Living on a railway line. Turning the tide of child abuse and exploitation in the UK and overseas.
Published: 20 Oct 2014
A new report has been launched into how different countries tackle child abuse, in particular sexual exploitation, and how the UK can benefit from this learning.
‘Living on a railway line - Turning the tide of child abuse and exploitation in the UK and overseas' is a report by 2014 Churchill Fellow Professor Andrew Rowland of The Pennine Acute Hospitals NHS Trust, in association with The University of Salford.
There are 10 key recommendations for the UK together with 25 associated and enabling recommendations and seven international recommendations. All of the recommendations are designed to build strong and healthy communities with children at their hearts.
Lisa Harker, Director of Strategy Policy and Evidence at NSPCC, said:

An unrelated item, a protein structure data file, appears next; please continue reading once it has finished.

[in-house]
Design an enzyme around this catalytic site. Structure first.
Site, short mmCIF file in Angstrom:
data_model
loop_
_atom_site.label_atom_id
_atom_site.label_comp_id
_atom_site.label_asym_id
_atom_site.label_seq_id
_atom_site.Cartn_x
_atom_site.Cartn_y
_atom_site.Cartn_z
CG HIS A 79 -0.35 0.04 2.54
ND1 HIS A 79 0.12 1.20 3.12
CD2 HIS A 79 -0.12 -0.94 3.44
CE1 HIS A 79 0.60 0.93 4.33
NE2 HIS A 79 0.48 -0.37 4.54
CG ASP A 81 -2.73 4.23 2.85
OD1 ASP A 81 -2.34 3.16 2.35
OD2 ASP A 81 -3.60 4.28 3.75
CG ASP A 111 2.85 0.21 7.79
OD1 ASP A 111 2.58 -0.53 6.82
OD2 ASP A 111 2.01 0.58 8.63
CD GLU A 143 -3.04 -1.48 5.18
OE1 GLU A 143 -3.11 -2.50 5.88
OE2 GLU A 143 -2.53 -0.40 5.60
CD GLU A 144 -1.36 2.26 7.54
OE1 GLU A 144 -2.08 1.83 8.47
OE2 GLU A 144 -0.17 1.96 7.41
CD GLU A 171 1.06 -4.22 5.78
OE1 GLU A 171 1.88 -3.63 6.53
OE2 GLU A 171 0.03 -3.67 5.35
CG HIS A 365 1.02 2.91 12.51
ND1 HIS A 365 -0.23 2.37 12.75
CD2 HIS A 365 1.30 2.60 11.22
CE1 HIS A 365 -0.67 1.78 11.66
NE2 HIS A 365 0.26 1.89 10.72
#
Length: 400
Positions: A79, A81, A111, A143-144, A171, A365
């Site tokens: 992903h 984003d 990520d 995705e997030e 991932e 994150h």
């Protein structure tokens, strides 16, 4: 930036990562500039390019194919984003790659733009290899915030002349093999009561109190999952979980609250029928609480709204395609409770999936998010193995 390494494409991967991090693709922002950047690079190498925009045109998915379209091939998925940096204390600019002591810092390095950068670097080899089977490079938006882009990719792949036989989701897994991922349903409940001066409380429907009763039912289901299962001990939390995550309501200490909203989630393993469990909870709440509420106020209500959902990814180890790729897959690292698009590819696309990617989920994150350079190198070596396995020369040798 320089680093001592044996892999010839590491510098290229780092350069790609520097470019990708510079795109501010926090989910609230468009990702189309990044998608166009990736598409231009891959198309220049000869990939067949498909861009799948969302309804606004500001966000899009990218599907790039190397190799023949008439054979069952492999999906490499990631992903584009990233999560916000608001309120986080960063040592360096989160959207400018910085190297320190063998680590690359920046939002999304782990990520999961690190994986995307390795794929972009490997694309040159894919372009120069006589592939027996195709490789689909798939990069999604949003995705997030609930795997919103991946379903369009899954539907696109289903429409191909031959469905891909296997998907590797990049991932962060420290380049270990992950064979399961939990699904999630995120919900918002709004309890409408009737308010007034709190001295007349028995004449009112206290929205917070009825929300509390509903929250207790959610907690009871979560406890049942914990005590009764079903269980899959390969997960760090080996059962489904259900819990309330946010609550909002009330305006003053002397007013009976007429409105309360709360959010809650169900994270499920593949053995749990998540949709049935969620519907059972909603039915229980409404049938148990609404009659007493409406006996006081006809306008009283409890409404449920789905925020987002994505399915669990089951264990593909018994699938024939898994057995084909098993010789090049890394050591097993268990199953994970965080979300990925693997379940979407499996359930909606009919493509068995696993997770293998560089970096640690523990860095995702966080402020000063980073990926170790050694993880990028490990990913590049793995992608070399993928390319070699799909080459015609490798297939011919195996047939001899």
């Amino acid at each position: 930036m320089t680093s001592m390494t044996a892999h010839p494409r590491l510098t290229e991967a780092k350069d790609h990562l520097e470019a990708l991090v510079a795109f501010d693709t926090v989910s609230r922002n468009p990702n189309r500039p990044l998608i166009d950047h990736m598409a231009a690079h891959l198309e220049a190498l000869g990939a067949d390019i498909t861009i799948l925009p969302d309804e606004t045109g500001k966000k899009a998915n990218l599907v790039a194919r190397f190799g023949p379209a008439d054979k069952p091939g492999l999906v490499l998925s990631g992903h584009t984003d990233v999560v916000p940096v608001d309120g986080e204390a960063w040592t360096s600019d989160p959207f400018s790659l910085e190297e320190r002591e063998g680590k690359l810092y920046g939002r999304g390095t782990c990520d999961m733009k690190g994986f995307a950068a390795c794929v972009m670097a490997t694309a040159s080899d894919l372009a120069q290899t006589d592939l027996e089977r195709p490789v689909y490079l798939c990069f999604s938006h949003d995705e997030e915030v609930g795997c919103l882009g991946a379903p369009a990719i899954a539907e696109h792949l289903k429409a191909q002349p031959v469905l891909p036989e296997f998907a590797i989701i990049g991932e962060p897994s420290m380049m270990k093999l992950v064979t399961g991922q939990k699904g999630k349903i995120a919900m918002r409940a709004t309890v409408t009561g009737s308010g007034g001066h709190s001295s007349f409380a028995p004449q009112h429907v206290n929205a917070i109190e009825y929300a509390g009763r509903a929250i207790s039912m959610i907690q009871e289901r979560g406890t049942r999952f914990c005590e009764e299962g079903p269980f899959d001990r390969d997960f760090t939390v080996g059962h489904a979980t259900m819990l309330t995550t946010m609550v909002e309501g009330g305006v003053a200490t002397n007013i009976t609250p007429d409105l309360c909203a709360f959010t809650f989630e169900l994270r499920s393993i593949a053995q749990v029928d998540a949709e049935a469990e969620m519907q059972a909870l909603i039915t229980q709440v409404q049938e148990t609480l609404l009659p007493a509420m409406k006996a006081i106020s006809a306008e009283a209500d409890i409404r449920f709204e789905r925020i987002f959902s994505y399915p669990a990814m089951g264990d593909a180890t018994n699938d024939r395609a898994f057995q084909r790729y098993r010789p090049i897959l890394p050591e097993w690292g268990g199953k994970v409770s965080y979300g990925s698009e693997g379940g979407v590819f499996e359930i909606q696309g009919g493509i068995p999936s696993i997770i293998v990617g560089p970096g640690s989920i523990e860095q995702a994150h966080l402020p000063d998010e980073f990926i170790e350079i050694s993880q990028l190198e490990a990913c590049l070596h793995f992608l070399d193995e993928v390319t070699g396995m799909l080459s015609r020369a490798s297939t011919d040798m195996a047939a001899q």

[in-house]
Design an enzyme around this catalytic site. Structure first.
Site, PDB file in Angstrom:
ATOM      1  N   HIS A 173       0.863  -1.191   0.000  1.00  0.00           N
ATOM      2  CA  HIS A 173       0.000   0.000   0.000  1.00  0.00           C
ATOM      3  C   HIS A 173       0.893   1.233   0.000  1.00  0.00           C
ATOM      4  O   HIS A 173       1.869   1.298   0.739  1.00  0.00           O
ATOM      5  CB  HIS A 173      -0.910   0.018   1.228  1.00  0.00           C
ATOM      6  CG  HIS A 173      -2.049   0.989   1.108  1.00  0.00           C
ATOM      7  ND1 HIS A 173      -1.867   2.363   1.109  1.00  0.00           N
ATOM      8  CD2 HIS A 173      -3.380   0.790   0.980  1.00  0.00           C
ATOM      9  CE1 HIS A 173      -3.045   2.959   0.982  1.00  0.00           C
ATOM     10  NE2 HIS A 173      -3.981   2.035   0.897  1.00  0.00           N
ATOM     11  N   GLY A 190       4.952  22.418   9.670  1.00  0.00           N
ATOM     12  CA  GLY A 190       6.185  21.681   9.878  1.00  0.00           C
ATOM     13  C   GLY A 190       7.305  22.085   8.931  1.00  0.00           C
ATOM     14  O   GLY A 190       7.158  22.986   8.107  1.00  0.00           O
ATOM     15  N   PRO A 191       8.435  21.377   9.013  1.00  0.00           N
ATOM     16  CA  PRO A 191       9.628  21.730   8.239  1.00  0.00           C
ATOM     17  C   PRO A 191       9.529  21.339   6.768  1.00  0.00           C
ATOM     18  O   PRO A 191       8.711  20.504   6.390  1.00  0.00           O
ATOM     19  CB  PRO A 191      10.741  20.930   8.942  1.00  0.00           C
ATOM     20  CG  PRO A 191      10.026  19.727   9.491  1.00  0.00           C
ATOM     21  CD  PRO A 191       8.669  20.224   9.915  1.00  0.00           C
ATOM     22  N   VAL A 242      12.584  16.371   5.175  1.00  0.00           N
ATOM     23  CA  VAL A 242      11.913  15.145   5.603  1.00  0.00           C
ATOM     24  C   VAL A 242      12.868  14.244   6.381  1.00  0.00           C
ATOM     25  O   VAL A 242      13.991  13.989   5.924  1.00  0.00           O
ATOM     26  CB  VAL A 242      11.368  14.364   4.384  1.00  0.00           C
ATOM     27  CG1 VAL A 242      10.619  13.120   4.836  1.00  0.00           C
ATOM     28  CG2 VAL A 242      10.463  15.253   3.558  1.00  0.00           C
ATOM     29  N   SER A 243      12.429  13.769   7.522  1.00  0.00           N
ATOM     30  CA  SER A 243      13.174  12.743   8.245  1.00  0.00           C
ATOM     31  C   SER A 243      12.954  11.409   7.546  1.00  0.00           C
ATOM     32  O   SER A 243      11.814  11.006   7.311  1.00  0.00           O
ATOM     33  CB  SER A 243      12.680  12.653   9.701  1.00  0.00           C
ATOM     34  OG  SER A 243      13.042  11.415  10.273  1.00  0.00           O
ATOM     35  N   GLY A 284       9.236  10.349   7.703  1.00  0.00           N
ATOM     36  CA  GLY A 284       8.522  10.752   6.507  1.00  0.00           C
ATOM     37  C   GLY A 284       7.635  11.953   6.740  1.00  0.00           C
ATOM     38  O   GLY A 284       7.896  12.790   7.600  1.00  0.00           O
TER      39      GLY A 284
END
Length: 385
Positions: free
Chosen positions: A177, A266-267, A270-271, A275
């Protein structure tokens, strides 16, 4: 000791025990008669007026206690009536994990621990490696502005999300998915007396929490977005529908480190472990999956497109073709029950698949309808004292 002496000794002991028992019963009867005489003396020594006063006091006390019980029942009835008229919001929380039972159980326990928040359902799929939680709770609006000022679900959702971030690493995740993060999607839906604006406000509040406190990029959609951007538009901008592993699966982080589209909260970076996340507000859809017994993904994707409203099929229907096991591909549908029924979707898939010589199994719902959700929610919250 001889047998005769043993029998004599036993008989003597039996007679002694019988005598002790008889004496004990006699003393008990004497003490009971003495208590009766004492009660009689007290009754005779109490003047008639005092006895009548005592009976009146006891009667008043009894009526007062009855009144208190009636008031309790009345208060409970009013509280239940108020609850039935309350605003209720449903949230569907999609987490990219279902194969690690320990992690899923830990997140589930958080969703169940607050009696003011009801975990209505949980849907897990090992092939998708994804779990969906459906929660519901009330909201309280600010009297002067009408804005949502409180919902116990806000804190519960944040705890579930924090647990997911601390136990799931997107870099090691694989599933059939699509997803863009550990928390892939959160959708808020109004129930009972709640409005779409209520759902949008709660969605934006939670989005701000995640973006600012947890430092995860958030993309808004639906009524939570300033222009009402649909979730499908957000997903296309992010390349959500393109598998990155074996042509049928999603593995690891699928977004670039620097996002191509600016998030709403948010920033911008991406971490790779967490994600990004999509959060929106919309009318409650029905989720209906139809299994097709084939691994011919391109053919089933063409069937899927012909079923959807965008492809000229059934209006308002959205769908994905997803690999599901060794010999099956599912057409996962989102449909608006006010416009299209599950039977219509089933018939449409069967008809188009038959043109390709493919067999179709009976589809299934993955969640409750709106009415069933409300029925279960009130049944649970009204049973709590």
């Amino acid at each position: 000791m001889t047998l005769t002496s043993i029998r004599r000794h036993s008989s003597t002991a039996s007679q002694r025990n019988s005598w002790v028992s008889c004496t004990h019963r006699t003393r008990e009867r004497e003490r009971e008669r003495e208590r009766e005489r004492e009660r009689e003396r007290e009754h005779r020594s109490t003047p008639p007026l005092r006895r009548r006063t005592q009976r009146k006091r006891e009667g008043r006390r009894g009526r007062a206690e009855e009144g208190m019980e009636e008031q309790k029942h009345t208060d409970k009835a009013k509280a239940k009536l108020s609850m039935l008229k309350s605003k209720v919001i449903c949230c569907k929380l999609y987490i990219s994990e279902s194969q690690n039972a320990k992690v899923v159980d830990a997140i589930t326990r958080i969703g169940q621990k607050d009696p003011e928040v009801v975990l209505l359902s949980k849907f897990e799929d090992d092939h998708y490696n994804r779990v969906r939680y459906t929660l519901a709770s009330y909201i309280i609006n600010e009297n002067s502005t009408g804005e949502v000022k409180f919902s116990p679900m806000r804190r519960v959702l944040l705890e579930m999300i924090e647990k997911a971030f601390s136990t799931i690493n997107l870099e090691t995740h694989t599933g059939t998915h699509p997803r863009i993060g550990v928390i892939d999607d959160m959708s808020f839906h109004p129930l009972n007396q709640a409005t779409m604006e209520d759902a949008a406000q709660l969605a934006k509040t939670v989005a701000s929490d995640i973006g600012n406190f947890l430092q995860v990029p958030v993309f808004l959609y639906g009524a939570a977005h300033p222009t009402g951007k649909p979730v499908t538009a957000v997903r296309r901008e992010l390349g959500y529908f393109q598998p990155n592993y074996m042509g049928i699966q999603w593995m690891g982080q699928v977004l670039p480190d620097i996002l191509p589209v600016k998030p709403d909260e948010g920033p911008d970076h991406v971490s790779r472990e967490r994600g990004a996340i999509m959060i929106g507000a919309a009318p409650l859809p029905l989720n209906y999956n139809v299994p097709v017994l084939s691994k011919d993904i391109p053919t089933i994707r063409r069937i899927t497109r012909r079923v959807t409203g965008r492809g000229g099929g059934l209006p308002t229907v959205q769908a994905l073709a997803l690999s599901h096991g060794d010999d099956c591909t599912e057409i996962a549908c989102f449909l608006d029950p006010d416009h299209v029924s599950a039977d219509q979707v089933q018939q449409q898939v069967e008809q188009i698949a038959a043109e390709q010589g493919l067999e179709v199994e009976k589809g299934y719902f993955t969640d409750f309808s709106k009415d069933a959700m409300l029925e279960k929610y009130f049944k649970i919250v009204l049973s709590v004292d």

This report provides a valuable consideration of a diverse range of challenges faced by professionals and members of the community when seeking to improve safeguarding of vulnerable children in the UK. By drawing on the insights gained from reviewing and observing practices in a wide range of international contexts this report offers a fresh perspective on these issues and the potential responses.
The launch coincides with the 25th anniversary of the signing of the UN Convention on the Rights of the Child. According to Professor Rowland’s report, a quarter of a century later there are still laws, policies and procedures in the UK and internationally which fall way short of properly protecting children.
Read the full length joint press release from The University of Salford & The Winston Churchill Memorial Trust.
For further information contact: Andrew Lynn, The Pennine Acute Hospitals NHS Trust on 0161 604 5459.